Motherhood Times Three

Motherhood Times Three

Judy Linnebach sent me this haunting photo of a couple and their three babies. That's right, triplets! I don't have all the answers yet, I'm still working on it. I'll post the second installment next week. This image has obviously been enhanced by the photographer—the man's beard, her hair and...

Judy Linnebach sent me this haunting photo of a couple and their three babies. That’s right, triplets! I don’t have all the answers yet, I’m still working on it. I’ll post the second installment next week.

This image has obviously been enhanced by the photographer—the man’s beard, her hair and all their eyes have additional dark ink added to them. The baby on the right has eyes dotted in. Blue or light green eyes tend to appear very light in early photographs so it’s not unusual to see this type of enhancement.

Since I’m still gathering facts about this picture, the family and the photographer, I have some general impressions but no real answers yet.
I have, however, learned a lot about multiple births in the 19th century.

A century before fertility treatments made multiple births relatively common, it was unusual to bear more than two babies at once. According to George Milby Gould and Walter Lytle Pyle, authors of Anomalies and Curiosities of Medicine, published in 1904 (available on Google Books), most multiple births in the 19th century were to women in the age range of 30 to 34, and heredity was a factor. The odds of having a multiple birth varied by country. In Germany, for instance, it was one in 7,910.

They cite examples of multiple births including a Mrs. Page of Texas, who gave birth to quadruplets in 1890 and was such a sensation that the family toured the following cities: Denver, St. Joseph, Omaha, Nebraska City, and then Boston. She’d already given birth to three sets of twins. I’d love to see a picture of this family! There were 14 children.

Judy wrote that she “hoped this photo is enough to pique my interest.” Absolutely! It’s a complicated story, so bear with me while we sort it out.

Related Products


Leave a Reply

You may use these HTML tags and attributes:

<a href="" title=""> <abbr title=""> <acronym title=""> <b> <blockquote cite=""> <cite> <code> <del datetime=""> <em> <i> <q cite=""> <s> <strike> <strong>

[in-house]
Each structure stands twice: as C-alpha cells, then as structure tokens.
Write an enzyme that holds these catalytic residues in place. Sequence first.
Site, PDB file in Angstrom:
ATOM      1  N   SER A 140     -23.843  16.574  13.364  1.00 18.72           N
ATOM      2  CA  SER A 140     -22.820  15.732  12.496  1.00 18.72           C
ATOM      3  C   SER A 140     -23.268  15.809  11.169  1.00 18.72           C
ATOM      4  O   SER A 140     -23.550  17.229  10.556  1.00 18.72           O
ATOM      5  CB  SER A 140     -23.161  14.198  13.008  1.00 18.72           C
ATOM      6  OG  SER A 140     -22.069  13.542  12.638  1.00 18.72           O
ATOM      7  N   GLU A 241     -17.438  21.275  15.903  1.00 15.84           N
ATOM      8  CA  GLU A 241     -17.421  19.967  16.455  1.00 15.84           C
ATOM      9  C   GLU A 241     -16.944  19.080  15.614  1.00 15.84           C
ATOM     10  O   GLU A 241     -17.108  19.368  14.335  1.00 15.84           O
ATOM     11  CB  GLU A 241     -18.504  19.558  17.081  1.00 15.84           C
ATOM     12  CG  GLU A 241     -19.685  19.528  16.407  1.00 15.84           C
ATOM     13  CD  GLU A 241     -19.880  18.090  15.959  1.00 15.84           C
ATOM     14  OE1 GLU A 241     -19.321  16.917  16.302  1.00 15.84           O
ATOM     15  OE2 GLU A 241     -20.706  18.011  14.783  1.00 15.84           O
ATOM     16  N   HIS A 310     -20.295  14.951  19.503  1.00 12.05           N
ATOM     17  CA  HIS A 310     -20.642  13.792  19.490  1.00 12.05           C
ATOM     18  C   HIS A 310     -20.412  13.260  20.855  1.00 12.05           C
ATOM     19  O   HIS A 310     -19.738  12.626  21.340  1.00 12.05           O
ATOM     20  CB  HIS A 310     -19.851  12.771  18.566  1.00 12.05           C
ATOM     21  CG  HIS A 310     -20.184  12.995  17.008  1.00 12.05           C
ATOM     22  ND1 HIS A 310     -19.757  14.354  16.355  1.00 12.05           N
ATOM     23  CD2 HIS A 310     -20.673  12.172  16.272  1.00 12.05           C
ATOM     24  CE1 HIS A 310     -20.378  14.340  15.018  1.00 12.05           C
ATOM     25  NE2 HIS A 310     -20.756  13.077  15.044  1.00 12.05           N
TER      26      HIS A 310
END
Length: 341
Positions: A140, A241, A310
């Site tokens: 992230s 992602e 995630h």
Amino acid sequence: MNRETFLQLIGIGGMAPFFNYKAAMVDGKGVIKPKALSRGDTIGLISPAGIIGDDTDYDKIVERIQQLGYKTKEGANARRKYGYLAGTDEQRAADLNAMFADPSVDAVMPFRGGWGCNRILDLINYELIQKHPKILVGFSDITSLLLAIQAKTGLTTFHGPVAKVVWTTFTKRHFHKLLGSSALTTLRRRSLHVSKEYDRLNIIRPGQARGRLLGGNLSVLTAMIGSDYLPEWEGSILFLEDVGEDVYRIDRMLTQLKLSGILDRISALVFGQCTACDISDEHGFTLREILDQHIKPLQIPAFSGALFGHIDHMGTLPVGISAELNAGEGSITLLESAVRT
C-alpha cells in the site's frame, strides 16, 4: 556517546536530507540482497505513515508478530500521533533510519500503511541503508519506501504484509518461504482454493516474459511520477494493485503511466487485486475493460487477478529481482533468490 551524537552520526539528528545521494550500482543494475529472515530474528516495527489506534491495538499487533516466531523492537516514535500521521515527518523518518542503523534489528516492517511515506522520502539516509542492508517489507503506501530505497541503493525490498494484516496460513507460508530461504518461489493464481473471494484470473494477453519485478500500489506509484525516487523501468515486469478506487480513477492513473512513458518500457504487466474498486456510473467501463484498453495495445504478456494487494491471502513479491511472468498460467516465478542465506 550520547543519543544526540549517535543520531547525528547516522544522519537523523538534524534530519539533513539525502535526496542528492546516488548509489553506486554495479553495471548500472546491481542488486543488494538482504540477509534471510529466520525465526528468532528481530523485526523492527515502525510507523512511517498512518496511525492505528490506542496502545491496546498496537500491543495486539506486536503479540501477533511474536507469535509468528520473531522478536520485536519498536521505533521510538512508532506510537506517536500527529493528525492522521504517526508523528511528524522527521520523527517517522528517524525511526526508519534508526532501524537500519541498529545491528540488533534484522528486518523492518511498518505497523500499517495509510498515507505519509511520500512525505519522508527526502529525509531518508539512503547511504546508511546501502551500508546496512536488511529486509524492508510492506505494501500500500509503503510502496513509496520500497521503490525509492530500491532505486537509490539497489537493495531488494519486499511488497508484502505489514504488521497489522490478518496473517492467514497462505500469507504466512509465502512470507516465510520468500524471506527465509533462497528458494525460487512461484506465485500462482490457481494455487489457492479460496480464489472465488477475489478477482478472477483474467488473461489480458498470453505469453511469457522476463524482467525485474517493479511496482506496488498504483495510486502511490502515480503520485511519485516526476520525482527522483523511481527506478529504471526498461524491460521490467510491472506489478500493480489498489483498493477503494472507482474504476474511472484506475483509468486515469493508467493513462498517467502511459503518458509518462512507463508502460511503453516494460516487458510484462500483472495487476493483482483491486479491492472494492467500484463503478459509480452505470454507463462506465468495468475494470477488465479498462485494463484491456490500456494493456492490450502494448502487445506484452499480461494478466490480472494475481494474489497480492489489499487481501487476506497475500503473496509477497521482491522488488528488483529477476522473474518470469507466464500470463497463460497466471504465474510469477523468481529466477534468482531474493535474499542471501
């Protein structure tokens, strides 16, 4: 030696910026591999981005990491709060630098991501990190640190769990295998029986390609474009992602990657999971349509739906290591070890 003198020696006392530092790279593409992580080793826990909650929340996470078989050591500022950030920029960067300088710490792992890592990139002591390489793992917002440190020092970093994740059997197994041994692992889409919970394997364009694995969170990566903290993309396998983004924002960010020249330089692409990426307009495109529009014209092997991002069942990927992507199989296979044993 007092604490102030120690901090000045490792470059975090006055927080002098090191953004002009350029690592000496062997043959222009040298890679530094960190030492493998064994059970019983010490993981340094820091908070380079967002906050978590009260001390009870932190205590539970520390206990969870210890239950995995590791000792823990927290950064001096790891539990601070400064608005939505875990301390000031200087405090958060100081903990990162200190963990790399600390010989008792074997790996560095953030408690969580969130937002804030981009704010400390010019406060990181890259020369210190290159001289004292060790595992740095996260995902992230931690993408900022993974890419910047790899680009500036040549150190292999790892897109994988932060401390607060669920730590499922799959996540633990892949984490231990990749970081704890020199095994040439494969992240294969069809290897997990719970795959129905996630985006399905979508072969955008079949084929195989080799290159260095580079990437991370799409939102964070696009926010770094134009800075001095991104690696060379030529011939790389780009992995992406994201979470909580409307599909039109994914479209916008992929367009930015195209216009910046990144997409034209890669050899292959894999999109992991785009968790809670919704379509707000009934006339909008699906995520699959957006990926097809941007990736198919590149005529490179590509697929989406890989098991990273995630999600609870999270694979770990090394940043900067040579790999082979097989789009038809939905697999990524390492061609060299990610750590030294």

1. I’m fascinated with this and I really wish I had a picture of the triplets that are in my family! My grandfather, born in 1918, was a triplet — two boys and one girl. The girl died at 6 months and a picture of the two remaining boys was taken in 1923. I wrote a blog entry about him — and featured the picture as well — at:

    You say that many multiple births in the 19th century were notable and newsworthy events. I am excited to hear that and wonder if that practice continued into the first decades of the 20th. Would you happen to know if that was the case?

  2. The parents may look serious as 1 or more of the children might be dead. Very common to take a picture and include the dead as a last remembrance. My father’s family photo album has several photos we know include a child who died and the family gathered for that last photo before the funeral.

  3. While researching at the Library in Gonzales, TX on the SELF line, I discovered that multiple births of twins, triplets, and even quadriplets (sp??) ran in that family line. I was amazed as I was doing the research (actually I was looking up old newspaper articles, etc. when I ran across the line) for a SELF family in Arkansas who had two sets of twins and a single older daughter at that time. One mother had twins, triplets, and then twins if I remember correctly.

  4. What a cool photo! My gr-gr-gr-grandparents had triplet boys born in 1843 (birth order in family was 2, 3, and 4, right after my gr-gr-grandmother, the oldest). They went on to have seven more children after the triplets. The triplets survived childhood, and all three served in the Union army along with one younger brother. According to my records, the first one died in 1895. By the way, they were named Andrew Jackson Burns, Benjamin Franklin Burns, and George Washington Burns (and the younger brother who also served in the war was James Knox Polk Burns)! I sure wish I had a photo of them all!

  5. I’m found an interesting newspaper article about triplets in my family, born to Dr. Samuel D. Meriwether in 1875 in Maries Co., Missouri. The article was published in 1949.

    It was an interview with one of them at age 74. It begins with-

    &quot;Ever hear of people getting more than they bargained for? When my mother ordered the stork to bring me to her farm home near Vichy, she certainly got more than she was looking for. Instead of one baby she got three – all girls.

    Come to think of it, I couldn’t have been the one she ordered. I was so poor and scrawny – weighed only two pounds. Mother used to tell me they could put a teacup over my head down below my ears. For almost a year they carried me on a pillow – so afraid they would hurt me. Added to all the rest I was a sort of mousy blond.

    On the other hand, my sisters, Eda and Ada, were nice, plump babies – weighed six and one-half pounds each and had dark hair and eyes. Everybody made over Eda and Ada. I must have been a care and worry.&quot;